Writing a Formal Business Letter

Most people would not write a formal business letter in crayon because it would never be taken seriously. And if your letter is not presented in the proper format and style, then it will leave almost as bad an impression as it would had it been written in crayon. Whether your letter is a compliment or complaint, a request for information or a provider of information, here is what needs to be included in that letter for it to be taken in its most appealing light:

A – As if crayon was bad enough, formal business letters must never be hand written. Always type them out. Handwriting is absolutely wonderful for letters and notes, but completely inappropriate for formal business communications.

B – Personal/business letterhead is important, but not necessarily required. Just use formal stationary pages of the normal 8 ½”x11″ with a matching envelope. That means not the cheap copy paper from your usual printer pack of 500 in a package.

C – If you aren’t using personal letterhead stationary, four to six lines from the top center of the page, type your name with title, and return address.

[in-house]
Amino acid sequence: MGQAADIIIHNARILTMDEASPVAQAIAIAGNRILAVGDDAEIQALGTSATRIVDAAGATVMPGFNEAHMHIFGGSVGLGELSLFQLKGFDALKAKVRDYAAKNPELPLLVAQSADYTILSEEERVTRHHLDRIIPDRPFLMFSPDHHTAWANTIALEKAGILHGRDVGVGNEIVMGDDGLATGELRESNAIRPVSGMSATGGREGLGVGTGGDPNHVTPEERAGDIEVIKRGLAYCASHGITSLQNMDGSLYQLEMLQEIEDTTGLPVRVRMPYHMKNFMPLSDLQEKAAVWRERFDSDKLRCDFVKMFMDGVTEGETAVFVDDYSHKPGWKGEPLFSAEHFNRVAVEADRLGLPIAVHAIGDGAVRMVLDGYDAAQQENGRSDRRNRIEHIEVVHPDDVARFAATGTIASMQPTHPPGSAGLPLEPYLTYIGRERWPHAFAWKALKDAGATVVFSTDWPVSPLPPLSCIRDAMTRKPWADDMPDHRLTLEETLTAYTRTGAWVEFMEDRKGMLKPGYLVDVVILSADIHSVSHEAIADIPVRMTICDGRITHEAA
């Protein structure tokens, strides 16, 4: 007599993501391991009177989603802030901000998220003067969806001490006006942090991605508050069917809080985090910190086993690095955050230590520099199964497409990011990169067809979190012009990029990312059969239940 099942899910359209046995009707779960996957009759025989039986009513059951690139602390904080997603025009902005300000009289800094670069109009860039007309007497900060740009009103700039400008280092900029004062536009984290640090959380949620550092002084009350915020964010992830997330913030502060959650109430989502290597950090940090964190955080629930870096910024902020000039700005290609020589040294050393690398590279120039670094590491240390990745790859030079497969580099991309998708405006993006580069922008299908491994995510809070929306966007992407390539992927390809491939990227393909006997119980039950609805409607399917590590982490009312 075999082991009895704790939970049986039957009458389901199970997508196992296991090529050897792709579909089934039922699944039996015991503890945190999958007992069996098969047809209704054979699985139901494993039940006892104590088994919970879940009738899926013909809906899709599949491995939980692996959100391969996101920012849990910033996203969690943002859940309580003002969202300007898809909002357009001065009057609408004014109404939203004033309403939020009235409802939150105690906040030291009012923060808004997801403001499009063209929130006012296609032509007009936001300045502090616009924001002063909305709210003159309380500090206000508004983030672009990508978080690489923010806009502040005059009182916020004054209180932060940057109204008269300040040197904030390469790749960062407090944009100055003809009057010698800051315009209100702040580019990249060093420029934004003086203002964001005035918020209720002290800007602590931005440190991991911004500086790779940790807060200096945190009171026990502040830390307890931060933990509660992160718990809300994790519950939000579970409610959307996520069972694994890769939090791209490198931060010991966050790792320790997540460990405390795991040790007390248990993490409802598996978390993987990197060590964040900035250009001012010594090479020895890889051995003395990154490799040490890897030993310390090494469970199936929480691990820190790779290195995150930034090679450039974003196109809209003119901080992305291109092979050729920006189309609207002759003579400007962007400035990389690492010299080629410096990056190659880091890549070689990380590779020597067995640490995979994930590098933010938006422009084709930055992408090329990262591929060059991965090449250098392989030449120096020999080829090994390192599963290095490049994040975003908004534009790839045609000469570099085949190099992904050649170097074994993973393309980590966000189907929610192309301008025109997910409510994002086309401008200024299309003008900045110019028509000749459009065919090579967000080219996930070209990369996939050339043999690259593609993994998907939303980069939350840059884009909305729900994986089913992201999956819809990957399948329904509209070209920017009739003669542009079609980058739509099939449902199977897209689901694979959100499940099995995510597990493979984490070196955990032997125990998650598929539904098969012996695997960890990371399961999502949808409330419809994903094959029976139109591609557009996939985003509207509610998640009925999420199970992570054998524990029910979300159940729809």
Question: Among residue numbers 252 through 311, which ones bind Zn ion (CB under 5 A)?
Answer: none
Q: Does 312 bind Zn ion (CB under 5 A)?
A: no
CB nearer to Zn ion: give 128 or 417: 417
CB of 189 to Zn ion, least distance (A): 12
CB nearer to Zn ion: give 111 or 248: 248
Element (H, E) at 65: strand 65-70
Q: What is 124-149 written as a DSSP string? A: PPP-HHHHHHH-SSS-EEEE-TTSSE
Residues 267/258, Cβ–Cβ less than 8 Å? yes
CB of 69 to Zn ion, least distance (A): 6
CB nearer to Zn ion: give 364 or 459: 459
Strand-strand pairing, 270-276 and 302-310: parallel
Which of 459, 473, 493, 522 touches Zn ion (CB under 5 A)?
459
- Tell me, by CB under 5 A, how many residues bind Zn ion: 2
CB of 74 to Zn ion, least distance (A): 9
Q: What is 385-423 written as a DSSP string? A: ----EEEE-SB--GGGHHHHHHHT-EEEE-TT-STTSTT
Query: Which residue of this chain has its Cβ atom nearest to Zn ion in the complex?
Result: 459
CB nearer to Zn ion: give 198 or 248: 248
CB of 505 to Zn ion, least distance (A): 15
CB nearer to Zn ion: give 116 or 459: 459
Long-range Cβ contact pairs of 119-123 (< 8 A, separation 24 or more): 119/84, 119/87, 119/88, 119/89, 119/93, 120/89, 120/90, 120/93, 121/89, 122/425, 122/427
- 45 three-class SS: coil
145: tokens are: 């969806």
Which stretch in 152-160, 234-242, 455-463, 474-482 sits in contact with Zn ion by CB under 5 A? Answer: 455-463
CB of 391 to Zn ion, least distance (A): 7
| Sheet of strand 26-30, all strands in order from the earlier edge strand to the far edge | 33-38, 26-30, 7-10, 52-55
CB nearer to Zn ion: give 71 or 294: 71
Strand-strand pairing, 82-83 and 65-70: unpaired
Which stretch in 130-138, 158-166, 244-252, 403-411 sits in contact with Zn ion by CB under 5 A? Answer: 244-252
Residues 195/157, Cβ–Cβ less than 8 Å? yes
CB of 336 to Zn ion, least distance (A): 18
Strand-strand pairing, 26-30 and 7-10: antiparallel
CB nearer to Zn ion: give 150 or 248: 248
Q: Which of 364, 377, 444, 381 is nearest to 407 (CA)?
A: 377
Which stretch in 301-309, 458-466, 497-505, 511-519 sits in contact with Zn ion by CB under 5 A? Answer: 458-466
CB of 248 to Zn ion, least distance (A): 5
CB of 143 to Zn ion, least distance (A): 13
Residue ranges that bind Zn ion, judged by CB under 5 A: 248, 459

D – The complete date goes between two and six lines below the letterhead or return address, most commonly on the left side of the page.

E – Speaking of the left side, the left side of the letter should be justified. The right side is optional, either justified or not. It sometimes looks better justified, and sometimes looks better not justified. Try it both ways before printing it out.

F – After the date, skip another two lines before putting the recipient’s name (including Mr., Mrs., Dr., or whatever), title, and address. Naturally, the recipient’s name and address go flush with the left hand margin.

G – Two to four lines later, use your greeting and the recipient’s name followed by a colon. I still do not know why a colon is better than a comma, but in basic scholastic mechanics, it should be a comma.

H – Then another two lines later, begin your letter with an introduction of yourself in the first paragraph, the body of the letter following. Keep the letter short and concise.

I – Then your closing. Skip two lines after the body of the letter and type in “Sincerely,” “Thank you,” or “Best wishes,” followed by a comma of course.

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